Global Listed Infrastructure Strategy: August 2020
September 2020 - Delft Partners
In August World markets were focused on the USA, and more specifically the surge in technology stocks. As a result, Infrastructure sectors were relatively neglected. The MSCI Combined benchmark for the fund fell 1.89% in AUD$ terms. The Delft Global Infrastructure strategy declined 1.7% in AUD$ terms. It was another strong month for the Aussie dollar against the US dollar, gaining 2.7%.
Freenet AG, the telecoms provider in Germany, was the fund’s best performer +24% during the month after Liberty Global launched a takeover offer for Sunrise Communications. Freenet has a 24.4% stake in Sunrise. Should the deal go ahead, Freenet should receive EUR 1.126bn which will go a considerable way to cutting its debts. Deals like this highlight some of the overlooked value in companies like Freenet. Freenet also announced results in August which showed up the relative resiliency in Telecoms earnings and a reason why we like the sector relative to the Infrastructure universe.
The Air Freight & Logistics sector did well in August on the back of encouraging results from the sector as more online shopping provides more work for the likes of DHL, UPS, etc. The fund’s holding in Deutsche Post (Parent co of DHL) did well as a result. Other good portfolio performers were AES, Encavis and Equitrans Midstream.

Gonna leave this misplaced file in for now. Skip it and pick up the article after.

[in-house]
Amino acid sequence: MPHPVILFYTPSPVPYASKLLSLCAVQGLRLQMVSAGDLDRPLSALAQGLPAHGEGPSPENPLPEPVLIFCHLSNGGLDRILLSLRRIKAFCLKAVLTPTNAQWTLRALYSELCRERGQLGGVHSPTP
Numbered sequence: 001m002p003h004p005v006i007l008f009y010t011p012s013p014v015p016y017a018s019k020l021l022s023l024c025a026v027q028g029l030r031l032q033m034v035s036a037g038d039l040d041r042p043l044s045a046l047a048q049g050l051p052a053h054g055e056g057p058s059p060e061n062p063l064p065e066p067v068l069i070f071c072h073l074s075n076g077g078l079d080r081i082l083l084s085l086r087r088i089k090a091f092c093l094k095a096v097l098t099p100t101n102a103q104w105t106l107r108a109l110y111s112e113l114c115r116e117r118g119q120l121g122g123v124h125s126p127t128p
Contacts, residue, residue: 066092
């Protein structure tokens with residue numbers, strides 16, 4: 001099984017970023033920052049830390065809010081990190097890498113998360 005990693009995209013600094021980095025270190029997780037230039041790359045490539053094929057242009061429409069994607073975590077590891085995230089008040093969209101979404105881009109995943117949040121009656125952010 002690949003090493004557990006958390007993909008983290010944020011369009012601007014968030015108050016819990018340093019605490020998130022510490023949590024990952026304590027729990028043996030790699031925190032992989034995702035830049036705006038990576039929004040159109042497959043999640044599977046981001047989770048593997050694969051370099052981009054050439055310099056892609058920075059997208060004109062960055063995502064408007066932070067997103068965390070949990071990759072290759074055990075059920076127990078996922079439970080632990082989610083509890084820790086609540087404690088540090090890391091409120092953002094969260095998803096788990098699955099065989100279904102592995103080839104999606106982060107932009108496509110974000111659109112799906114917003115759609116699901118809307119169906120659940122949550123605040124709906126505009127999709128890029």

The portfolio’s worst performer was Evergy, the Mid West USA energy provider after it announced it would not pursue a buyer for the whole company. Other laggards were Nippon Gas, Kunlun Energy, Duke Energy and Zhejiang Expressway.
The strategy is still positioned generally toward the more defensive side of the infrastructure universe, with underweight positions in the airport and railroad companies which need traffic and revenue growth to cover high operating overheads.
We initiated a small position in AT&T in August. This is a large company in our benchmark, has an almost 7% yield with decent cash flow coverage of that dividend. The purchase reflects our view that the media assets of the telecoms business are finally being rationalised and evaluated – both by management and by other parties. The subscriber platform for viewing is becoming crowded and AT&T have decent content but a terribly convoluted business model. Something is beginning to happen here.
The strategy yields 5% and there are no signs that dividends are going to be cut. As the equity market yield is now at derisory levels; and government bonds are more of a return free risk than a risk-free return, these stock look attractive to us.